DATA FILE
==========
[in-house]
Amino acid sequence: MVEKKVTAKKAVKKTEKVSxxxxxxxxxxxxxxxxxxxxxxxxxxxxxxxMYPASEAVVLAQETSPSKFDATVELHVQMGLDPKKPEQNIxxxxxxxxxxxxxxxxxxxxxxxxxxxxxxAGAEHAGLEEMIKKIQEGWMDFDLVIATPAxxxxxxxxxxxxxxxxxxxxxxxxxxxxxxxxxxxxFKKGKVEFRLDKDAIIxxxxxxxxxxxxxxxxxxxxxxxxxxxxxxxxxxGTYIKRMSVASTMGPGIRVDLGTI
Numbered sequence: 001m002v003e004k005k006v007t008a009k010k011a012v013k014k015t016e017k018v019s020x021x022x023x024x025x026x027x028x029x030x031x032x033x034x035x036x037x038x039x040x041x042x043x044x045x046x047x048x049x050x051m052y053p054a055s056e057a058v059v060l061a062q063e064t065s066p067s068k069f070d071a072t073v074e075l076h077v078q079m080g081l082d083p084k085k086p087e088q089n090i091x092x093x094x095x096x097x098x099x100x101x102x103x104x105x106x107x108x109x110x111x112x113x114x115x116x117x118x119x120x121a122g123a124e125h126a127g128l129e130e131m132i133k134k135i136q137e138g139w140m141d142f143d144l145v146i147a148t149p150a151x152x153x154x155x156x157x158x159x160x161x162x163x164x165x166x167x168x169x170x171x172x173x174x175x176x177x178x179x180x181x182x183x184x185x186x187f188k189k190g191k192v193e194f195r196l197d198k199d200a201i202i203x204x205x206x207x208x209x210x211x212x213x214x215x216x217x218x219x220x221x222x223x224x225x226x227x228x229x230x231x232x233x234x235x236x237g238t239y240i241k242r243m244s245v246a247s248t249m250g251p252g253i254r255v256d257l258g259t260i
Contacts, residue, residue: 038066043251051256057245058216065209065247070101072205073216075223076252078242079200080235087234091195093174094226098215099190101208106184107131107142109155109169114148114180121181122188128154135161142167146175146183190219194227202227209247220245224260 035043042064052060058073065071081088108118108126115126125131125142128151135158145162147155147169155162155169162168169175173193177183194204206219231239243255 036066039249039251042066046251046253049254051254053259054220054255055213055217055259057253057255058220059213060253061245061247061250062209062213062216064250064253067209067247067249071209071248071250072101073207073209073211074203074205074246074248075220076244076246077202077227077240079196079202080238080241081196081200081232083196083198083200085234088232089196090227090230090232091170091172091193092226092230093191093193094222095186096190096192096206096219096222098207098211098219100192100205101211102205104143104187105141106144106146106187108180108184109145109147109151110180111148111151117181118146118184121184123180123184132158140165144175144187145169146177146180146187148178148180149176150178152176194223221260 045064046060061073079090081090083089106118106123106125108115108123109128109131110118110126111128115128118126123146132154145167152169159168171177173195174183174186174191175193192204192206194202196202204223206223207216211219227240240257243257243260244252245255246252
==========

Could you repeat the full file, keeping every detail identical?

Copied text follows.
[in-house]
Amino acid sequence: MVEKKVTAKKAVKKTEKVSxxxxxxxxxxxxxxxxxxxxxxxxxxxxxxxMYPASEAVVLAQETSPSKFDATVELHVQMGLDPKKPEQNIxxxxxxxxxxxxxxxxxxxxxxxxxxxxxxAGAEHAGLEEMIKKIQEGWMDFDLVIATPAxxxxxxxxxxxxxxxxxxxxxxxxxxxxxxxxxxxxFKKGKVEFRLDKDAIIxxxxxxxxxxxxxxxxxxxxxxxxxxxxxxxxxxGTYIKRMSVASTMGPGIRVDLGTI
Numbered sequence: 001m002v003e004k005k006v007t008a009k010k011a012v013k014k015t016e017k018v019s020x021x022x023x024x025x026x027x028x029x030x031x032x033x034x035x036x037x038x039x040x041x042x043x044x045x046x047x048x049x050x051m052y053p054a055s056e057a058v059v060l061a062q063e064t065s066p067s068k069f070d071a072t073v074e075l076h077v078q079m080g081l082d083p084k085k086p087e088q089n090i091x092x093x094x095x096x097x098x099x100x101x102x103x104x105x106x107x108x109x110x111x112x113x114x115x116x117x118x119x120x121a122g123a124e125h126a127g128l129e130e131m132i133k134k135i136q137e138g139w140m141d142f143d144l145v146i147a148t149p150a151x152x153x154x155x156x157x158x159x160x161x162x163x164x165x166x167x168x169x170x171x172x173x174x175x176x177x178x179x180x181x182x183x184x185x186x187f188k189k190g191k192v193e194f195r196l197d198k199d200a201i202i203x204x205x206x207x208x209x210x211x212x213x214x215x216x217x218x219x220x221x222x223x224x225x226x227x228x229x230x231x232x233x234x235x236x237g238t239y240i241k242r243m244s245v246a247s248t249m250g251p252g253i254r255v256d257l258g259t260i
Contacts, residue, residue: 038066043251051256057245058216065209065247070101072205073216075223076252078242079200080235087234091195093174094226098215099190101208106184107131107142109155109169114148114180121181122188128154135161142167146175146183190219194227202227209247220245224260 035043042064052060058073065071081088108118108126115126125131125142128151135158145162147155147169155162155169162168169175173193177183194204206219231239243255 036066039249039251042066046251046253049254051254053259054220054255055213055217055259057253057255058220059213060253061245061247061250062209062213062216064250064253067209067247067249071209071248071250072101073207073209073211074203074205074246074248075220076244076246077202077227077240079196079202080238080241081196081200081232083196083198083200085234088232089196090227090230090232091170091172091193092226092230093191093193094222095186096190096192096206096219096222098207098211098219100192100205101211102205104143104187105141106144106146106187108180108184109145109147109151110180111148111151117181118146118184121184123180123184132158140165144175144187145169146177146180146187148178148180149176150178152176194223221260 045064046060061073079090081090083089106118106123106125108115108123109128109131110118110126111128115128118126123146132154145167152169159168171177173195174183174186174191175193192204192206194202196202204223206223207216211219227240240257243257243260244252245255246252